All 10 performers had a role to play Wednesday on Night 1 of the first Democratic primary debate of the 2020 campaign. Elizabeth Warren was the one to beat. Julián Castro came in as a side character, but quickly emerged as the breakthrough surprise. And New York Mayor Bill de Blasio made himself useful as a pot-stirrer, instigating more than one argument.
But there was one common denominator that separated those who distinguished themselves from the onstage scrum: Castro, Warren and others adopted the night’s winning strategy from Voldemort himself, Donald Trump.
In other words, the candidates who prevailed in the event, broadcast live from Miami’s Adrienne Arsht Center for the Performing Arts, were those who ditched the old debate script and used their allotted time — a scant one minute for answers and 30 seconds for follow-ups — to speak like actual human beings.
Their approach wasn’t to emulate Trump’s winning Republican primary performances in 2015-16, but to borrow from the former reality TV star’s playbook of tossing out the playbook, rolling over the stiff-suit tradition by showing up as themselves — or at least the carefully crafted “genuine” self they projected to the audience watching them duke it out on host networks NBC, MSNBC and Telemundo.
Former Housing and Urban Development Secretary Castro immediately stood out with his impassioned answers about women’s rights (“I don’t believe only in reproductive freedom. I believe in reproductive justice!”) and his emotional response to the plight of immigrants today.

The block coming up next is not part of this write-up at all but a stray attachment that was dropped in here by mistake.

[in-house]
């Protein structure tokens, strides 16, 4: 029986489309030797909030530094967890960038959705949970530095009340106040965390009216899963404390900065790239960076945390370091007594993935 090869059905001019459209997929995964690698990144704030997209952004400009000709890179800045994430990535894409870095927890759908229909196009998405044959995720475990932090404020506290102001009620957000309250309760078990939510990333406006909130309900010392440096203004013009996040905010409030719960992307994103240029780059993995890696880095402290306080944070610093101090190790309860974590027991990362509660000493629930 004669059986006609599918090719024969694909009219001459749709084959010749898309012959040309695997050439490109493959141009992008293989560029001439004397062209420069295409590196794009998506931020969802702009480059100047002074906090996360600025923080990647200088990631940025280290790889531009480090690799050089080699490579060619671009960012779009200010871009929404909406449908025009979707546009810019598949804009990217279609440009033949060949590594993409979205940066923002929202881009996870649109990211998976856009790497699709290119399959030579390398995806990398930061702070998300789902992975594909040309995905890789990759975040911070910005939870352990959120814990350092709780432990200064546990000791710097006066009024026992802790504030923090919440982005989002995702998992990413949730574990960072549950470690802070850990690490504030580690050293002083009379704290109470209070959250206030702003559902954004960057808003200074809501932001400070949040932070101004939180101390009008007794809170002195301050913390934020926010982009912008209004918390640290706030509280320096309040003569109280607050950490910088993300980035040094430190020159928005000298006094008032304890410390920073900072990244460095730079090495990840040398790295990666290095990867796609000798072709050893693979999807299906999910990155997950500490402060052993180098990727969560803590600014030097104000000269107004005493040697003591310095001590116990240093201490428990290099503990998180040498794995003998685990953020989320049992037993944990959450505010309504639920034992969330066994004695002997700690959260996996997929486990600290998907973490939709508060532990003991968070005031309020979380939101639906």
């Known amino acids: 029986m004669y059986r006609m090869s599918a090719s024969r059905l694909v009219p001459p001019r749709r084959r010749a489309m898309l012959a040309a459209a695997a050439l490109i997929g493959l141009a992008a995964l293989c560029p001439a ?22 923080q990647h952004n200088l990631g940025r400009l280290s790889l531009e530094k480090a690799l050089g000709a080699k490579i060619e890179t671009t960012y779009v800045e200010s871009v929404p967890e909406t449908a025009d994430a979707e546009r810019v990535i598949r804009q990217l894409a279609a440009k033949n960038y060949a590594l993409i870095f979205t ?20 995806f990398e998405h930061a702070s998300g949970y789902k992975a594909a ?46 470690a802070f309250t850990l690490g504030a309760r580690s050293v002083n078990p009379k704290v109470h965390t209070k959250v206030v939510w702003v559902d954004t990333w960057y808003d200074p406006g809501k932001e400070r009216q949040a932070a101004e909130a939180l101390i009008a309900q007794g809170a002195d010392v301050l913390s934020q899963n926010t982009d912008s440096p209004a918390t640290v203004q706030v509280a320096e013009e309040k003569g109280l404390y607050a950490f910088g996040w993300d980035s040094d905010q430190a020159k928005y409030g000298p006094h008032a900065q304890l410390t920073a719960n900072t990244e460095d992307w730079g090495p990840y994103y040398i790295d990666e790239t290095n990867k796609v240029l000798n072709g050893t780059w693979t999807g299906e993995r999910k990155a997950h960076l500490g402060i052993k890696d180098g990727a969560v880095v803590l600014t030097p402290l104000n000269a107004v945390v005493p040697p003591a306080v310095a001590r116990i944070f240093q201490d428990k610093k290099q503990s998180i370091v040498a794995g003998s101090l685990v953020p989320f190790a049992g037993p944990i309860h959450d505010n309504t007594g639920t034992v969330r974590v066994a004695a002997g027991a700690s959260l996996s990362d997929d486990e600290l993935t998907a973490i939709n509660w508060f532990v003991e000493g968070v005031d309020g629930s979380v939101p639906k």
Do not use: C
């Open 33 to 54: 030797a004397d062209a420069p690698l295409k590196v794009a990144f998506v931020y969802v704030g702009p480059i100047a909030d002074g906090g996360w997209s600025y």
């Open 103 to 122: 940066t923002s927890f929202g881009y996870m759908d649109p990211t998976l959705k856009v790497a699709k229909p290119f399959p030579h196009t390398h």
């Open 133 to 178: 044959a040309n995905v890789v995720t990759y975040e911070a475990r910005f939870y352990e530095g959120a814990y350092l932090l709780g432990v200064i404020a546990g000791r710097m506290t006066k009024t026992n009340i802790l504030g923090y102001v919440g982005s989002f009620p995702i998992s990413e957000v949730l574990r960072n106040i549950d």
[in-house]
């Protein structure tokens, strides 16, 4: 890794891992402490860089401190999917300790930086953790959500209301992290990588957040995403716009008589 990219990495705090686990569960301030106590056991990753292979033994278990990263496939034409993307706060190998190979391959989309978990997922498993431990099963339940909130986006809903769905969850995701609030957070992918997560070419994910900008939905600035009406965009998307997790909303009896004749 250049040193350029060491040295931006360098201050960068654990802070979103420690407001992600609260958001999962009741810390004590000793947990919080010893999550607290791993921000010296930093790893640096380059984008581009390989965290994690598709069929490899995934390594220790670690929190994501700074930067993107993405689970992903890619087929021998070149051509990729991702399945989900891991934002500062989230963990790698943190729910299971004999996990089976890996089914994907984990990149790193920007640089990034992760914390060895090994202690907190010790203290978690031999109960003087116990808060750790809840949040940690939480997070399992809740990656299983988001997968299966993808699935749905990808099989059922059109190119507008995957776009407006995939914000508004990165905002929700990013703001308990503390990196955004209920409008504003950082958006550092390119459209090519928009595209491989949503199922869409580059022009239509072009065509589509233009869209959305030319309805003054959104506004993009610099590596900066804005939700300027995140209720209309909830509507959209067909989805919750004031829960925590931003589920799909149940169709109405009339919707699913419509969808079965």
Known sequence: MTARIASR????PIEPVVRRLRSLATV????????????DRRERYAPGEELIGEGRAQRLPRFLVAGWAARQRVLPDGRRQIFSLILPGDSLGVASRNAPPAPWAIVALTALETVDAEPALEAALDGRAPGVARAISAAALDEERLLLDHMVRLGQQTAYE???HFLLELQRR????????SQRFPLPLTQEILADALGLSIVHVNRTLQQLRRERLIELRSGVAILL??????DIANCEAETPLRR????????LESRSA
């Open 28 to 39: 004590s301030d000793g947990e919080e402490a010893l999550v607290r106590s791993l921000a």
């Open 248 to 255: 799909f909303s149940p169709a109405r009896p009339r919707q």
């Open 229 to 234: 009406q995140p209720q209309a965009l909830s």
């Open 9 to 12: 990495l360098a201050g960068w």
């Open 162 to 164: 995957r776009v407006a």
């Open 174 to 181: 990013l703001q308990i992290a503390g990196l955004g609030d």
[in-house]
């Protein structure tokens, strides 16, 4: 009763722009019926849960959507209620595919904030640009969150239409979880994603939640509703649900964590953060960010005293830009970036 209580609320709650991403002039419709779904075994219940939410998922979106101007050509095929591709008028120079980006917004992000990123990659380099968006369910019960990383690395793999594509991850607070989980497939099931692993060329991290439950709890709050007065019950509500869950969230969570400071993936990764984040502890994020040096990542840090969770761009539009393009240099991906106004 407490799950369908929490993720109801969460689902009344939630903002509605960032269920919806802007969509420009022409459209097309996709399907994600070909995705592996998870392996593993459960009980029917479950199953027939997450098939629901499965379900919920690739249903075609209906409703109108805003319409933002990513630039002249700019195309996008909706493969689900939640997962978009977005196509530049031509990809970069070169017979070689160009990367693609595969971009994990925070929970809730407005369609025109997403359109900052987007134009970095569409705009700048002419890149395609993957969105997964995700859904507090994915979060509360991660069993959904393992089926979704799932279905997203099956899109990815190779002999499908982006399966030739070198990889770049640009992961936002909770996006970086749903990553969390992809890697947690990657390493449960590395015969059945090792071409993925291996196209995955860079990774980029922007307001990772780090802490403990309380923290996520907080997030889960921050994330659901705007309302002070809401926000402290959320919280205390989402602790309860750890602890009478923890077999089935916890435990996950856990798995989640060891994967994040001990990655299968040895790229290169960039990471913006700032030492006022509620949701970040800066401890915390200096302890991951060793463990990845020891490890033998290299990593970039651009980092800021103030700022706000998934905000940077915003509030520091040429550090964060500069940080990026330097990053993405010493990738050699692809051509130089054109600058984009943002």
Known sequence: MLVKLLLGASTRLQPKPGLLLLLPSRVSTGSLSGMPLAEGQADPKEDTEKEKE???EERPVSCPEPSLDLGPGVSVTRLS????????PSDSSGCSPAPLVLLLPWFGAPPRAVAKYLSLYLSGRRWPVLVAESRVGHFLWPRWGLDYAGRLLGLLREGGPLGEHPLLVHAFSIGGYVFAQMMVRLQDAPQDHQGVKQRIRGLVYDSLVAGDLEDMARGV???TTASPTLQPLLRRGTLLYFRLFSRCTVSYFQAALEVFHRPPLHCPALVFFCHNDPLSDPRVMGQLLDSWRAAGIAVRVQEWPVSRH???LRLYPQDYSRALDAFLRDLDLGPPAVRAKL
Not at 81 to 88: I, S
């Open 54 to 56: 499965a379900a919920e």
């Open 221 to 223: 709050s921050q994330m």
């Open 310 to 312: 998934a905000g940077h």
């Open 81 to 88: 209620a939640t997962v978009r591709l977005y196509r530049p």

On the tragic death of immigrant Oscar Alberto Martinez and his 23-month-old daughter, Angie Valeria, as they tried to cross the Rio Grande at the U.S.-Mexican border, the night’s only Latino candidate appeared to tear up when he proclaimed it “heartbreaking,” adding, “It should also piss us all off.”
Massachusetts Sen. Warren, tapped to win the night, came in neck-and-neck with Castro with her initial fiery retorts to questions posed by moderators Savannah Guthrie, Lester Holt and Jose Diaz-Balart.
When asked about free universal healthcare versus private insurance, she said, insurance companies “last year alone sucked $23 billion in profits out of the healthcare system. ... It’s not working for families, but it’s sure as heck working for them.”
If insults and bombast were the valued currency of the Republican debates last time around, then realism and passion were Wednesday’s cachet.
For Warren, that meant donning a bright purple jacket and packing an arsenal of damning facts about “the 1%” and corporate conglomerates.
For Minnesota Sen. Amy Klobuchar, abandoning the usual D.C. decorum meant answering without frills, including the forced sunniness of many pols. “Let’s get to the issues,” she seemed to say. “Hit me, Lester!” (Holt, that is, one of the five moderators who also worked hard to steer the two-hour debate away from the usual canned grandstanding.)